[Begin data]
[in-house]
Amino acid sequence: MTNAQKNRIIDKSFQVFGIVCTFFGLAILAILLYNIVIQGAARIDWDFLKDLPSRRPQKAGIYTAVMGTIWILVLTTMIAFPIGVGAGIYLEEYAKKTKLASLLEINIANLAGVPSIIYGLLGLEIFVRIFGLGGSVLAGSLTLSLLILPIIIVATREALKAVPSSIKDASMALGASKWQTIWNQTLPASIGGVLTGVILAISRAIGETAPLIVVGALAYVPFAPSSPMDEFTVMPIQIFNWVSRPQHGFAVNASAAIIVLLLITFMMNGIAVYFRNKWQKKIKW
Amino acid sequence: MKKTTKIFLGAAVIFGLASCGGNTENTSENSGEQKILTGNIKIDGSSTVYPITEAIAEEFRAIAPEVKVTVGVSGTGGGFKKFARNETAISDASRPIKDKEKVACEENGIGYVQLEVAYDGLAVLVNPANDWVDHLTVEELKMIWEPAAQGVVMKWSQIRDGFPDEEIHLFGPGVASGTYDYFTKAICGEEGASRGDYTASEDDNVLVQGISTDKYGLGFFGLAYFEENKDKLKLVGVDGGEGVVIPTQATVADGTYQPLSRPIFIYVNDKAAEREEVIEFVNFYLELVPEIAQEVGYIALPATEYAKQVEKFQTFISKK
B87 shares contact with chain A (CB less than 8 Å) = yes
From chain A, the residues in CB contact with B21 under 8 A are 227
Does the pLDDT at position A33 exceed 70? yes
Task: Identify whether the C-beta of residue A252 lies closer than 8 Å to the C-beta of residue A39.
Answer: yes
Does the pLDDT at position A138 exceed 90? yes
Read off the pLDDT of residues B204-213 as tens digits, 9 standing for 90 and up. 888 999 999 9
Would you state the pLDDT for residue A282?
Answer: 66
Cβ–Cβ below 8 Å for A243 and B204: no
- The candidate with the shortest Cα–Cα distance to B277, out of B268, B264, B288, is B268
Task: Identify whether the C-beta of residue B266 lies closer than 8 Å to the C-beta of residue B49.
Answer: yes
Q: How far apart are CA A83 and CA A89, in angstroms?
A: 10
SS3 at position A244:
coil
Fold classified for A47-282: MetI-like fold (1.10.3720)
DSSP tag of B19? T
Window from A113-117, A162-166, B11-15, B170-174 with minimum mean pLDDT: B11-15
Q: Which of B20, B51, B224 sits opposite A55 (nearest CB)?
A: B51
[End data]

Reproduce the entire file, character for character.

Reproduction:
[in-house]
Amino acid sequence: MTNAQKNRIIDKSFQVFGIVCTFFGLAILAILLYNIVIQGAARIDWDFLKDLPSRRPQKAGIYTAVMGTIWILVLTTMIAFPIGVGAGIYLEEYAKKTKLASLLEINIANLAGVPSIIYGLLGLEIFVRIFGLGGSVLAGSLTLSLLILPIIIVATREALKAVPSSIKDASMALGASKWQTIWNQTLPASIGGVLTGVILAISRAIGETAPLIVVGALAYVPFAPSSPMDEFTVMPIQIFNWVSRPQHGFAVNASAAIIVLLLITFMMNGIAVYFRNKWQKKIKW
Amino acid sequence: MKKTTKIFLGAAVIFGLASCGGNTENTSENSGEQKILTGNIKIDGSSTVYPITEAIAEEFRAIAPEVKVTVGVSGTGGGFKKFARNETAISDASRPIKDKEKVACEENGIGYVQLEVAYDGLAVLVNPANDWVDHLTVEELKMIWEPAAQGVVMKWSQIRDGFPDEEIHLFGPGVASGTYDYFTKAICGEEGASRGDYTASEDDNVLVQGISTDKYGLGFFGLAYFEENKDKLKLVGVDGGEGVVIPTQATVADGTYQPLSRPIFIYVNDKAAEREEVIEFVNFYLELVPEIAQEVGYIALPATEYAKQVEKFQTFISKK
B87 shares contact with chain A (CB less than 8 Å) = yes
From chain A, the residues in CB contact with B21 under 8 A are 227
Does the pLDDT at position A33 exceed 70? yes
Task: Identify whether the C-beta of residue A252 lies closer than 8 Å to the C-beta of residue A39.
Answer: yes
Does the pLDDT at position A138 exceed 90? yes
Read off the pLDDT of residues B204-213 as tens digits, 9 standing for 90 and up. 888 999 999 9
Would you state the pLDDT for residue A282?
Answer: 66
Cβ–Cβ below 8 Å for A243 and B204: no
- The candidate with the shortest Cα–Cα distance to B277, out of B268, B264, B288, is B268
Task: Identify whether the C-beta of residue B266 lies closer than 8 Å to the C-beta of residue B49.
Answer: yes
Q: How far apart are CA A83 and CA A89, in angstroms?
A: 10
SS3 at position A244:
coil
Fold classified for A47-282: MetI-like fold (1.10.3720)
DSSP tag of B19? T
Window from A113-117, A162-166, B11-15, B170-174 with minimum mean pLDDT: B11-15
Q: Which of B20, B51, B224 sits opposite A55 (nearest CB)?
A: B51